Dragon Boat Gifts 'Corrupted'

Snacks traditionally shared in China to celebrate the Dragon Boat Festival are becoming a luxury item gifted to officials.
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Factory workers in Shandong province make "zongzi" snacks ahead of the Dragon Boat Festival, May 23, 2009.
Factory workers in Shandong province make "zongzi" snacks ahead of the Dragon Boat Festival, May 23, 2009.

Festive rice parcels eaten in China honor of an imperial official who abhorred corruption are being given as increasingly elaborate gifts and favors, including to local officials, ahead of this year's Dragon Boat Festival.

What was once a homemade snack of sticky rice steamed in bamboo leaves with meat and bean fillings has burgeoned in recent years into a lucrative industry, with the most luxurious brands of "zongzi" being sold for several thousand yuan per pack.

China's Dragon Boat Festival, or the Duanwu Festival, which falls on Saturday, honors the drowning suicide in 278 BC of Qu Yuan, a loyal official of the Chu kingdom during the Warring States period (476-221 BC) whose advice was not heeded.

China's zongzi market has grown from nearly 3.5 billion yuan (U.S. $550 million) in 2009 to nearly four billion yuan ($630 million) by the end of 2010, with the luxury end alone worth as much as 1.2 billion yuan ($189 million), the Guangzhou Daily said.

A 'form of corruption'

"The prices for zongzi now reflect a different level in the social hierarchy," said Ma Xiaoming, a TV reporter in the northern province of Shaanxi. "Now, they are a luxury consumer item, and ordinary Chinese definitely can't afford them."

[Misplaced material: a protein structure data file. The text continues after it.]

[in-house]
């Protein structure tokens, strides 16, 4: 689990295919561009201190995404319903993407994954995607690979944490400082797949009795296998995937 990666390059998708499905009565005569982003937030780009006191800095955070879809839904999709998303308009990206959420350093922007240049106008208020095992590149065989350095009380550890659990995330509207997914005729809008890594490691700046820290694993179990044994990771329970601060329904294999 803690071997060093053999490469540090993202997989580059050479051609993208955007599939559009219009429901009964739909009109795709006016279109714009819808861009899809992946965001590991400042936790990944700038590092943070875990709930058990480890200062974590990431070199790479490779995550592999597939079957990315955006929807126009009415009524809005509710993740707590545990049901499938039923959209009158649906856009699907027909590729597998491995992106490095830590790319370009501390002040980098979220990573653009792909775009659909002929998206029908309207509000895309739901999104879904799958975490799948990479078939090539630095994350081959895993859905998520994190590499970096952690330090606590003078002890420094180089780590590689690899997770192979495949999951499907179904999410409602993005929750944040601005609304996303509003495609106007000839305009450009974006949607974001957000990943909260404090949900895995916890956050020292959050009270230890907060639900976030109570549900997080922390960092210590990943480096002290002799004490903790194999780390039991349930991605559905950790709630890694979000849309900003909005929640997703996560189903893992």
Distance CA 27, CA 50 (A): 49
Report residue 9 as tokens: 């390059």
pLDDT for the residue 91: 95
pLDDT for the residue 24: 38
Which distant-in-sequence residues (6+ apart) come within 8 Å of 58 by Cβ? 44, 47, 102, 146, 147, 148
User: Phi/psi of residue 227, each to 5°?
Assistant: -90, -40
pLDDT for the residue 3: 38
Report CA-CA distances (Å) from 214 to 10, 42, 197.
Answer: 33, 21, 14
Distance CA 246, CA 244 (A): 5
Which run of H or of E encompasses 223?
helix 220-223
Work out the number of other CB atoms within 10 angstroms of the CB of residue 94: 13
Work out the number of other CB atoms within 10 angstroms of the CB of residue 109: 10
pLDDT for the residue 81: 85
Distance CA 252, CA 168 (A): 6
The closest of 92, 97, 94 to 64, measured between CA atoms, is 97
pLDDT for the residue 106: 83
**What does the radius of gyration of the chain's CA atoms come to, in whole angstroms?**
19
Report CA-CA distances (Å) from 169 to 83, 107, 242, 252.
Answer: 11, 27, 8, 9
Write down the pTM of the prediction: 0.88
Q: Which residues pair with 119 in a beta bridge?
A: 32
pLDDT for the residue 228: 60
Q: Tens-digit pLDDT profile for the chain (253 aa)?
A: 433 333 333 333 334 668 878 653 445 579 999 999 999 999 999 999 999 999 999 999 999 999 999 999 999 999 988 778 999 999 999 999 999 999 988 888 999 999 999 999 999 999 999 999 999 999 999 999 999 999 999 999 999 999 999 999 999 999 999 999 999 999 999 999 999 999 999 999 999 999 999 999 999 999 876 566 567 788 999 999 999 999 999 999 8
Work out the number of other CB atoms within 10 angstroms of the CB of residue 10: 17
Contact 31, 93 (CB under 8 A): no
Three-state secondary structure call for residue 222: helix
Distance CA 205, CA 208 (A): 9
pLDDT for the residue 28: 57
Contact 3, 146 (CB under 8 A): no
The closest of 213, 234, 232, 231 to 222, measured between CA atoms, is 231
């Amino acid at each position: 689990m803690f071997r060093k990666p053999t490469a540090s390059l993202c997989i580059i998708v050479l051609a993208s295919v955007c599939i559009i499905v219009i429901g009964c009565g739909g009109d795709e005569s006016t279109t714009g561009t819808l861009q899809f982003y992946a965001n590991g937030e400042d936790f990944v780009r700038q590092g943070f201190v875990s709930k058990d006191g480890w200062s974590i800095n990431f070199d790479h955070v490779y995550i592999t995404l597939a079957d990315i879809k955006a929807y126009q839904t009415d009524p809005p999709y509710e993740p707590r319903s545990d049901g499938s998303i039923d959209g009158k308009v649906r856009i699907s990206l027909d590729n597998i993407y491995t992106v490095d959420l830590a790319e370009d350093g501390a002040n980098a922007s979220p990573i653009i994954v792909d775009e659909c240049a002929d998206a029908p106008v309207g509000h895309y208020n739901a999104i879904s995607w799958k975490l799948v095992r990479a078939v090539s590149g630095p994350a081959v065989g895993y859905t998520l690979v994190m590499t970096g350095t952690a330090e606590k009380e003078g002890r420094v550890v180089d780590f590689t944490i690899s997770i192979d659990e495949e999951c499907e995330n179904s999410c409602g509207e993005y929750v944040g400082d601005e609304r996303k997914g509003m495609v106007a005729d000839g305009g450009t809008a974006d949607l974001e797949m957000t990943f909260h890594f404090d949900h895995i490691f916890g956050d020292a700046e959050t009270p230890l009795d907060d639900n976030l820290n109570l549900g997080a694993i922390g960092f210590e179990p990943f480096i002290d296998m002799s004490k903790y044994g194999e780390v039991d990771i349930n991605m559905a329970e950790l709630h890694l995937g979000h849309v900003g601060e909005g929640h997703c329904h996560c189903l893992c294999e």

"Now, a lot of people who have gotten rich in a short space of time are giving them to their own friends and family, but also to keep up good relations with officials and to network," Ma said.

"They are a form of corruption in themselves," Ma said. "[It's about] inviting people to dinner, giving gifts, giving bribes, cozying up with people in power during festivals and new year."

"They [give gifts to] the people who approve proposals, administer public funds, and manage infrastructure projects," he said. "This is their opportunity."

A Beijing resident surnamed Zhang said many ordinary Chinese felt obliged to give them as gifts to local officials.

"You definitely give zongzi to officials," she said, adding that local people had hit out at the two main zongzi manufacturers in the nation's capital.

"They said they were collaborating [to force the prices up]," Zhang said. "The second factory then came out and explained that it wasn't selling zongzi for more than 1,000 yuan [U.S. $160]."

"How could you get such expensive zongzi? They must have other things inside them."

Luxury gifts

In southern China, the Guangzhou Daily newspaper reported on Friday that some zongzi gift packs were selling for as much as 2,888 yuan (U.S. $450).

The pack contained nine rice parcels, a pack of expensive cognac and a tin of top quality "longjing" tea, all in extravagant packaging.

Another gift pack contained nine zongzi in different flavors, a bottle of red wine, and highly prized seafood delicacies including fish stomach and dried scallops, the paper said.

Some work units had even organized group-buying plans to get good deals on zongzi ahead of this year's festival, it said.

Beijing University of Science and Technology professor Hu Xingdou said luxury gifts would continue to be used as a form of bribery among China's political and business elite unless political reforms were instituted.

"The crucial thing is whether or not there exists ... a way for ordinary people to evaluate officials, to vote for them and to supervise them," Hu said.

"Then, officials would naturally refuse to accept such luxury gifts."

"That is the only way to solve this problem," he said.

Reported by Qiao Long for RFA's Mandarin service. Translated and written in English by Luisetta Mudie.





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